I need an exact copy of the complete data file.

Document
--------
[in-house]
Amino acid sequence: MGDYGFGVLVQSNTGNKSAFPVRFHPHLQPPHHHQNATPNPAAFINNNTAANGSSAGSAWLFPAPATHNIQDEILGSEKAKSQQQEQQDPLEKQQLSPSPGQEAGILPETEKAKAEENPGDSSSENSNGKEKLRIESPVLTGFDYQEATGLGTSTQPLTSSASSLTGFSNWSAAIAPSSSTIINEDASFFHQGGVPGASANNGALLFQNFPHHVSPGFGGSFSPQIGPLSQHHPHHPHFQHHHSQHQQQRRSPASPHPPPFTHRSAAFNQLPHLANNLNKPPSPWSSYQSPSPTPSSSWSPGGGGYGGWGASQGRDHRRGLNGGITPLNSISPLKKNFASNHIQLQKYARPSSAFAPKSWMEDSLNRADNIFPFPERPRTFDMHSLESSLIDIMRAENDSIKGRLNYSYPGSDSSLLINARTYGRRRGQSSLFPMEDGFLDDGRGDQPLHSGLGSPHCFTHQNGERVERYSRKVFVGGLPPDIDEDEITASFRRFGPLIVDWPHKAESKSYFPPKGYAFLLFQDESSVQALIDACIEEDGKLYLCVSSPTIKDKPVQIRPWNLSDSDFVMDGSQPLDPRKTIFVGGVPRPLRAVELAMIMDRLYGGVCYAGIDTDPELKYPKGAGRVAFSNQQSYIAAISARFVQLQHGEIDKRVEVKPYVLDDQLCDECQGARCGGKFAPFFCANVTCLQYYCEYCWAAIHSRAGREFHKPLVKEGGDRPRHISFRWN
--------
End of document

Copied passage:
[in-house]
Amino acid sequence: MGDYGFGVLVQSNTGNKSAFPVRFHPHLQPPHHHQNATPNPAAFINNNTAANGSSAGSAWLFPAPATHNIQDEILGSEKAKSQQQEQQDPLEKQQLSPSPGQEAGILPETEKAKAEENPGDSSSENSNGKEKLRIESPVLTGFDYQEATGLGTSTQPLTSSASSLTGFSNWSAAIAPSSSTIINEDASFFHQGGVPGASANNGALLFQNFPHHVSPGFGGSFSPQIGPLSQHHPHHPHFQHHHSQHQQQRRSPASPHPPPFTHRSAAFNQLPHLANNLNKPPSPWSSYQSPSPTPSSSWSPGGGGYGGWGASQGRDHRRGLNGGITPLNSISPLKKNFASNHIQLQKYARPSSAFAPKSWMEDSLNRADNIFPFPERPRTFDMHSLESSLIDIMRAENDSIKGRLNYSYPGSDSSLLINARTYGRRRGQSSLFPMEDGFLDDGRGDQPLHSGLGSPHCFTHQNGERVERYSRKVFVGGLPPDIDEDEITASFRRFGPLIVDWPHKAESKSYFPPKGYAFLLFQDESSVQALIDACIEEDGKLYLCVSSPTIKDKPVQIRPWNLSDSDFVMDGSQPLDPRKTIFVGGVPRPLRAVELAMIMDRLYGGVCYAGIDTDPELKYPKGAGRVAFSNQQSYIAAISARFVQLQHGEIDKRVEVKPYVLDDQLCDECQGARCGGKFAPFFCANVTCLQYYCEYCWAAIHSRAGREFHKPLVKEGGDRPRHISFRWN